The home administration of Ptolemy Philadelphus was in all respects eminently successful. To him belongs the credit of developing to their fullest extent the commercial advantage which the position of Egypt throws open to her, and of bringing by these means her material prosperity to its culminating point. By reopening the canal uniting the Red Sea with the Nile-a construction of the greatest of the Ramesside kings - and building the port of ArsinoŽ on the site of the modern Suez, lie united the East and West, allowing the merchandise of either region to reach the other by water carriage. As this, however, owing to the dangers of the Red Sea navigation, was not enough, he constructed two other harbors, and founded two other cities, each called Berenic6, on the eastern African coast, one nearly in lat. 24*, the other still farther to the south, probably about lat. 13*. A high-road was opened from the northern Berenice to Coptos on the Nile (near Thebes), and the merchandise of India, Arabia, and Ethiopia flowed to Europe for several centuries chiefly by this route. The Ethiopian trade was particularly valuable. Not only was ivory imported largely from this region, but the elephant was hunted oil a large scale, and the hunters' captures were brought alive into Egypt, where they were used in the military service. Ptolemais, in lat. 18* 40', was tile emporium for this traffic.

The material prosperity of Egypt which these measures insured was naturally accompanied by a flourishing condition of the revenue. Philadelphus is said to have derived from Egypt alone, without counting the tribute in grain, an annual income of 14,800 talents (more than three and a half millions sterling), or as much as Darius Hystaspis obtained from the whole of his vast empire. The revenue was raised chiefly from customs, but was supplemented from other sources. The remoter provinces, Palestine, Phoenicia, Cyprus, etc., seem to have paid a tribute; but of the mode of its assessment we know nothing.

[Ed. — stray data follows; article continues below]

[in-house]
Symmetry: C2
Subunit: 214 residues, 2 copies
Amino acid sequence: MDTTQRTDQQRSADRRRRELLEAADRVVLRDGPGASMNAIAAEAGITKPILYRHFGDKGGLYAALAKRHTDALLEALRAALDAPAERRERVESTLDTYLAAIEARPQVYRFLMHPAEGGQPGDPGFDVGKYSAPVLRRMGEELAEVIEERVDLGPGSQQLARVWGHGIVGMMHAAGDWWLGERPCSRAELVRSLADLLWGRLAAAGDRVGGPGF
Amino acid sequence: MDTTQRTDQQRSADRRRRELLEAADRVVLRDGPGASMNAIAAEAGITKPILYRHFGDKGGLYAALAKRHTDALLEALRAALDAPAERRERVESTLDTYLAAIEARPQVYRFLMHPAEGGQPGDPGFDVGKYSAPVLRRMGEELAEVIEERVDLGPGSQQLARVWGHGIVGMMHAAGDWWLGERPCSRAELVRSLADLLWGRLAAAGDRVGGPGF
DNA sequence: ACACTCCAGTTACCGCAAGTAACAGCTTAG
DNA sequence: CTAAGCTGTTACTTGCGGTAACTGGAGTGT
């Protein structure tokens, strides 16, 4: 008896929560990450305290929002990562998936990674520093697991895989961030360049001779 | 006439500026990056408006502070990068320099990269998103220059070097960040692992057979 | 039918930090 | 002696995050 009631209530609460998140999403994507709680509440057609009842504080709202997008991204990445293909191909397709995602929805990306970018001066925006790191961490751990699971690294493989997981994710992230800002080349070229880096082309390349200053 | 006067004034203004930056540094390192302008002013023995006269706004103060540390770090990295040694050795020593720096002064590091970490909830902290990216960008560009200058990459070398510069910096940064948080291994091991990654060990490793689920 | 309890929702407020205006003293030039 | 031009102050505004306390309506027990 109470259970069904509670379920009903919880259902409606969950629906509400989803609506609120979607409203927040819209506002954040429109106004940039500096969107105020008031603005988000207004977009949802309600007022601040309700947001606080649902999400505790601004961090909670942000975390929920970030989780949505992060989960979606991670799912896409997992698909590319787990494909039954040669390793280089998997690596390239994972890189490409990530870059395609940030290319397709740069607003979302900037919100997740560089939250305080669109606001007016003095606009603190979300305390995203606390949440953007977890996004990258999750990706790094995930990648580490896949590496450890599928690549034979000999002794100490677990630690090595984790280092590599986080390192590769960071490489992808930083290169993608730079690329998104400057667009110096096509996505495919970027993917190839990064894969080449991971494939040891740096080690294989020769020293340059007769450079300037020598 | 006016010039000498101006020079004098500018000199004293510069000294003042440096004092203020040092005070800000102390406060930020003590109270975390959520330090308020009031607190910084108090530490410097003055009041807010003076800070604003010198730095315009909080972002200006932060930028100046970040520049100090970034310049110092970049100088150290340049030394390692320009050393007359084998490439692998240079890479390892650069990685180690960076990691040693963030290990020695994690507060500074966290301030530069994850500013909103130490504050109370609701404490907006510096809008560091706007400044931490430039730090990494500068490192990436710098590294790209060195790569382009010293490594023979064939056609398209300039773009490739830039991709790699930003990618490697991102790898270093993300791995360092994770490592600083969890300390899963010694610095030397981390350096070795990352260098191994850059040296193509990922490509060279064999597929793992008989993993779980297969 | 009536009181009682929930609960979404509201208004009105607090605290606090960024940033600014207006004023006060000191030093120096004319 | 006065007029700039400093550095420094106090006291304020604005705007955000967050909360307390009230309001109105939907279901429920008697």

The military force which Philadelphus maintained is said to have amounted to 200,000 foot and 40,000 horse, besides elephants and war-chariots. He had also a fleet of 1500 vessels, many of which were of extraordinary size. The number of rowers required to man these vessels must have exceeded, rather than fallen short of, 6oo,ooo men.

The fame of Philadelphus depends, however, far less upon his military exploits, or his talents for organization and administration, than upon his efforts in the cause of learning. In this respect, if in no other, lie surpassed his father, and deserves to be regarded as the special cause of the literary glories of his country. The library which the first Ptolemy had founded was by the second so largely increased that he has often been regarded as its author. The minor library of the Serapeium was entirely of his collection. Learned men were invited to his court from every quarter; and literary works of the highest value were undertaken at his desire or under his patronage. Among these the most important were the translation of the Hebrew Scriptures into the Greek language (which was commenced in his reign and continued under several of his successors), and the "History of Egypt," derived from the native records, which was composed in Greek during his reign by the Egyptian priest Manetho. Philadelphus also patronized painting and sculpture, and adorned his capital with architectural works of great magnificence.

In his personal character, Philadelphus presents an unfavorable contrast to his father. Immediately upon attaining the throne he banished Demetrius Phalereus, for the sole offense that he had advised Ptolemy Lagi against altering the succession. Shortly afterwards he put to death two of his brothers. He divorced his first wife ArsinoŽ, the daughter of Lysimachus, and banished her to Coptos in Upper Egypt, in order that he might contract an incestuous marriage with his full sister, ArsinoŽ, who had been already married to his half brother Ceraunus. To this princess, who bore him no children, he continued tenderly attached, taking in reference to her the epithet "Philadelphus," and honoring her by giving her name to several of the cities which he build and erecting to her memory a magnificent monument at Alexandria, which was known as the Arsinoeum. Nor did he long survive her decease. He died in B.C. 247 of disease, at Alexandria, having lived sixty-two years, and reigned thirty-eight, or thirty-six from the death of his father.

Ptolemy III., surnamed Euergetes ("the Benefactor"), the eldest son of Philadelphus by his first wife, succeeded him. This prince was the most enterprising of all the Lagid monarchs; and under him Egypt, which had hitherto maintained a defensive attitude, became an aggressive power, and accomplished important conquests. The greater part of these were, it is true, retained for only a few years; but others were more permanent, and became real additions to the empire. The empire obtained now its greatest extension, comprising, besides Egypt and Nubia, the Cyrenaica, which was recovered by the marriage of Berenio:6, daughter and heiress of Magas, to Euergetes; parts of Ethiopia, especially the tract about Adule; a portion of the Opposite or western coast of Arabia; Palestine, Phoenicia, and Coele-Syria; Cyprus, Cilicia, Pamphylia, Lycia, Caria, and Ionia; the Cyclades; and a portion of Thrace, including the city of Lysiniaclicia in the Chersonese.